Comics Creators

Marvel Movies & TV General Discussion


Honestly I think the superhero movies that skew more out-and-out comedic (like Ragnarok, Deadpool etc.) work a lot better with a big audience than they do without one, and so how you watch them makes a big difference.

I saw the first Deadpool at a packed opening-weekend screening and it went down fantastically well (with me and others), but watching it again on Blu-Ray there were a lot more clunkers and bits that didn’t work nearly so well without that audience energy and laughter.

I didn’t see Ragnarok until relatively late in its theatrical run, in a largely empty cinema, and while I found a lot of it reasonably funny I didn’t find myself laughing much, and didn’t come out of it feeling like I’d watched a hilarious movie (unlike a lot of other people, who did).

I guess it’s a fairly obvious observation, but without that live feedback and shared-experience aspect, the superhero movies that lean heavily on comedy don’t work so well.



By all that is right, he should be the body in the costume and Doug Smith should do his voice!


I think that the MCU movies are really bolstered by the audience reaction. Seeing Avengers in the cinema was obviously a huge release after four years of build-up, but it’s never been better than on the big screen.
Maybe it’s part of why Black Panther fell flat for me? It was just me and my friend in the screening and we sure weren’t laughing at most of the jokes.


Marvel movies are brst appreciated in a theater, in my [informed] opinion.

Spectacle is just better on a huge screen, with quality sound, and an invested audience. My first viewing of Avengers was at midnight with a great audience in a huge theater. The funny moments were funnier because the audience was roaring. The epic moments were more epic because everyone had the same gigantic grins plastered across their faces. Infinity War was similar…7 PM Thursday screening. People were gasping laughing yelling at the screen. The kids in the theater were having genuine emotional reactions to what was happening onscreen (a young black guy, maybe 12 or thirteen, shouted at the scteen “no, I just got him” when Black Panther turned to dust. He walked out of the theater looking grief-stricken.)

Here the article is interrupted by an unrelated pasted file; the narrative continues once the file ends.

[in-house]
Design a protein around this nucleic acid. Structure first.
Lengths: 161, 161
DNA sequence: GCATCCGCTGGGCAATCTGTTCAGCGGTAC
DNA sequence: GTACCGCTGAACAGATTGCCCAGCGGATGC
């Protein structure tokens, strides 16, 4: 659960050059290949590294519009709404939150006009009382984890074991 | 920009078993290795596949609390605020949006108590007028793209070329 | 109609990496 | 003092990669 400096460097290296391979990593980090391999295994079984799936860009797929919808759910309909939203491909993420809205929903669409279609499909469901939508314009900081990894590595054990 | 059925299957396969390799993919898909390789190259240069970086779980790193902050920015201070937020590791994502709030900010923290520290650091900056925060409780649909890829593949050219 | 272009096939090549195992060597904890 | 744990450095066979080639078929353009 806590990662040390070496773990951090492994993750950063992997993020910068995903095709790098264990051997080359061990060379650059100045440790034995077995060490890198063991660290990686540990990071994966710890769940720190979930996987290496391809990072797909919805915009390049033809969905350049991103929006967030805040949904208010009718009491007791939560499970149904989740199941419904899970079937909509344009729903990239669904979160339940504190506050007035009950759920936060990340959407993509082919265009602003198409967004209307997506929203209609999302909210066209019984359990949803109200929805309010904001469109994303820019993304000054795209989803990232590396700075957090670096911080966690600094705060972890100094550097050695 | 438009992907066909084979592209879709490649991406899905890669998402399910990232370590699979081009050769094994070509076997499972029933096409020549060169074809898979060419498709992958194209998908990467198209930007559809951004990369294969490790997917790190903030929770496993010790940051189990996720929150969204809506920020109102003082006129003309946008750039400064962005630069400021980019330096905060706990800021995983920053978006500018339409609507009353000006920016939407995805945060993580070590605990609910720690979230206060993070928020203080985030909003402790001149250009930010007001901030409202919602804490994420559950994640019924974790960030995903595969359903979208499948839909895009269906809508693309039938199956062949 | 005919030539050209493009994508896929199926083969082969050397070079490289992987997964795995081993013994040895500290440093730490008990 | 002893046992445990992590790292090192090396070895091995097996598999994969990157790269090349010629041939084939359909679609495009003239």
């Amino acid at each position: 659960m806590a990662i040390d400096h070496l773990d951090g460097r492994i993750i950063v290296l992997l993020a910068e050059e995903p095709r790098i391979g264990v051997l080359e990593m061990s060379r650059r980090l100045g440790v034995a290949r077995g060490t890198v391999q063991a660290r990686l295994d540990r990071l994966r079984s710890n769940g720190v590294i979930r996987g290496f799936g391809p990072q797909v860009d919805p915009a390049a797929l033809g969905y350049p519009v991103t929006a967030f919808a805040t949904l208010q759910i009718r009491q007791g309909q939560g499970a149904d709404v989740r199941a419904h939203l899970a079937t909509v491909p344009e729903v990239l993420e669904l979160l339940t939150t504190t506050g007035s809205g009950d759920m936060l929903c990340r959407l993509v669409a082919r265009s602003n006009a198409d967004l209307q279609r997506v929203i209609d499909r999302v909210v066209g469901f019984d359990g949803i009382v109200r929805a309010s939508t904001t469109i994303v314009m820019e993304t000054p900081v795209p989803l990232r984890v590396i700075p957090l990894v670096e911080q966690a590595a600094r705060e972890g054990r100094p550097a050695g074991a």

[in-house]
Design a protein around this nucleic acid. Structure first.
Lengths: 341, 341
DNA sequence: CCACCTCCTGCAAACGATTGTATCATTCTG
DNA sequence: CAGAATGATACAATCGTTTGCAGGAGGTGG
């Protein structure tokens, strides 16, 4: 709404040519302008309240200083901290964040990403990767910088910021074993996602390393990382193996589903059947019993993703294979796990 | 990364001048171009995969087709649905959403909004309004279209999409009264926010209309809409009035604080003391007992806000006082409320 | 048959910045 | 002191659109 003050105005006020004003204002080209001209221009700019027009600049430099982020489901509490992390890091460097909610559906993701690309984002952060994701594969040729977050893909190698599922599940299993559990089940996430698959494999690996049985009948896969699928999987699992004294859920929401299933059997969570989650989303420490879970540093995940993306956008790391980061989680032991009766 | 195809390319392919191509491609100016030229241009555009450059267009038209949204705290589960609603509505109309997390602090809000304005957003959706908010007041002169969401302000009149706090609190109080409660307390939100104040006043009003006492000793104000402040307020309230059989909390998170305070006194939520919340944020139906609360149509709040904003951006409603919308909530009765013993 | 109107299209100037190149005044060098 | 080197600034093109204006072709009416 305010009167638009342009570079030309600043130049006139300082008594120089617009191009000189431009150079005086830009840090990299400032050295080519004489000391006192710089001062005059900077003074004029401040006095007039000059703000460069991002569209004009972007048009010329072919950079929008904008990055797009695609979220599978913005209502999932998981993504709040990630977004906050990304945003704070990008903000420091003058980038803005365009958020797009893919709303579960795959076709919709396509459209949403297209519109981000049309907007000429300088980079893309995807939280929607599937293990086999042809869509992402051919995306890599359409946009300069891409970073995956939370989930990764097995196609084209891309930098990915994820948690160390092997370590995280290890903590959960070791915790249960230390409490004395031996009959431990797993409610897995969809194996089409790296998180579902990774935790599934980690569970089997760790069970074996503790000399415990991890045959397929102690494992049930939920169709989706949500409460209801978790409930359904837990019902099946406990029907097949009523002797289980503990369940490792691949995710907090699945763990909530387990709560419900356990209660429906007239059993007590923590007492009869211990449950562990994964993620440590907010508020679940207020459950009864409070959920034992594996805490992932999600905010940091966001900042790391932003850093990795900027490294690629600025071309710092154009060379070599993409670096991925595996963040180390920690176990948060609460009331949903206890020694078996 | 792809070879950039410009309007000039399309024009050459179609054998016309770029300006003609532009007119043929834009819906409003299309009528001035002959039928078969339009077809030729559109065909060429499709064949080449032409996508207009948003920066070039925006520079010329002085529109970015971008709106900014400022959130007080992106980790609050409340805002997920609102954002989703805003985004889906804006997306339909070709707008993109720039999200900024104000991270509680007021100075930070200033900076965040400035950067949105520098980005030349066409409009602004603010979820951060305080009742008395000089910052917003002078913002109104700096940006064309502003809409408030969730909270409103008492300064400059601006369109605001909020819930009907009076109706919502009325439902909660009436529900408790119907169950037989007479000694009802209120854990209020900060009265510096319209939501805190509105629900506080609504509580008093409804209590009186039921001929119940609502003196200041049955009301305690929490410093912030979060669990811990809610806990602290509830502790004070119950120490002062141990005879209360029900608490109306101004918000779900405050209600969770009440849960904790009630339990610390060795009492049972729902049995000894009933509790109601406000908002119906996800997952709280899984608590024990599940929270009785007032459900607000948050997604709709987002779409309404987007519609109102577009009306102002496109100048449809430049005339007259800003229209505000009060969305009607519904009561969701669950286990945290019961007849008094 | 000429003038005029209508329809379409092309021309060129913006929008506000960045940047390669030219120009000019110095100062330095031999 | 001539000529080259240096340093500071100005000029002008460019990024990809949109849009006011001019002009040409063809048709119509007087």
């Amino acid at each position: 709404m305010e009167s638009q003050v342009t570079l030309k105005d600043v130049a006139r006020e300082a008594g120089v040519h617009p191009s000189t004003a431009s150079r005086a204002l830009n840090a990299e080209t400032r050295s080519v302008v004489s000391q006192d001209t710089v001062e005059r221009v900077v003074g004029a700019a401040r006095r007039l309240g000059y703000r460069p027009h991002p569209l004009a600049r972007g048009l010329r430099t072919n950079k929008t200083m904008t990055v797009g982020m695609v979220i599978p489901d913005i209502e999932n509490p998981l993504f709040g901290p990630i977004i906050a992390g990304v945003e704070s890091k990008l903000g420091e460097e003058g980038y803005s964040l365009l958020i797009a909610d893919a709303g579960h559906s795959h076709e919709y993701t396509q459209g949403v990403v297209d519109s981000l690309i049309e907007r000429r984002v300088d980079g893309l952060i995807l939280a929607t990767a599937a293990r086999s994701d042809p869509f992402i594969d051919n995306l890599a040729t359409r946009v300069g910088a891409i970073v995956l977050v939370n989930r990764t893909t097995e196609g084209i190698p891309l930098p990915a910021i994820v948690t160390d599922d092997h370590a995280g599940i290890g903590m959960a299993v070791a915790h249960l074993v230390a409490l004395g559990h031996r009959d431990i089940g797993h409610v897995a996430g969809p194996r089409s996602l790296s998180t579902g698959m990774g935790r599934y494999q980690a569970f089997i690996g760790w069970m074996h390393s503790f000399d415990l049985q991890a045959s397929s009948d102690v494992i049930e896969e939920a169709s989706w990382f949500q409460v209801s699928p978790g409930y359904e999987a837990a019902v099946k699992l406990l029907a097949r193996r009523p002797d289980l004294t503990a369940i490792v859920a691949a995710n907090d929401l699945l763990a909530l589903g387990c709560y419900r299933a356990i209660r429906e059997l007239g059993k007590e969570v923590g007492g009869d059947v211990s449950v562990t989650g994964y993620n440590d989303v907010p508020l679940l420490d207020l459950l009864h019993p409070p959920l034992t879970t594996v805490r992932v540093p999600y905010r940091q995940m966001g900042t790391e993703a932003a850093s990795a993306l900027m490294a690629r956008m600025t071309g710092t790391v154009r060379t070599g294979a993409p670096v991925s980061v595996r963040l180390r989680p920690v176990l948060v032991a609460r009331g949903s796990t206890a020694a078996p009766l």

Certain movies are more than just movies when seen on the big screen. They’re group experiences. Comedies work best like this, too, I think. Laughing at a pratfall or whatever with 300 other people is more fun than laughing by yourself.


I was so disappointed I didn’t get to see IW in a full cinema as I was away the week it came out. But even a week later at a small screening someone shouted, “Fuck you,” at Thanos when he stabbed Tony.


At my screening someone shouted “fuck you” at Chris Evans when he first appeared.

OK, it was me.


You can’t take John Cena anywhere.


To be fair… it was Meryl Streep.


In reality the woman behind me who was there by herself, whispered to herself every time someone came on screen, “that’s Spider-Man”…“that’s Black Panther”…“that’s Vision” and so on. Plus she had a massive popcorn and ate the entire time. Who the heck eats popcorn for three hours straight?


Hey, it isn’t fault he has to buy his own ticket now he’s lost that sweet, sweet Top Gear status.


Did you happen to see Misery?


When we went to see “A Quiet Place” a couple months ago, the extended silences on the screen amplified the chewing sounds of the cow behind us. At least I think it was a cow; a human wouldn’t chew that loudly, would they?


They would if they could. Who wants to be beaten at anything by a cow?



I would expect to see him on tv before a movie.




Potential spoilers in the video! Watch at your own risk!


Why would they assume time travel and not flashbacks?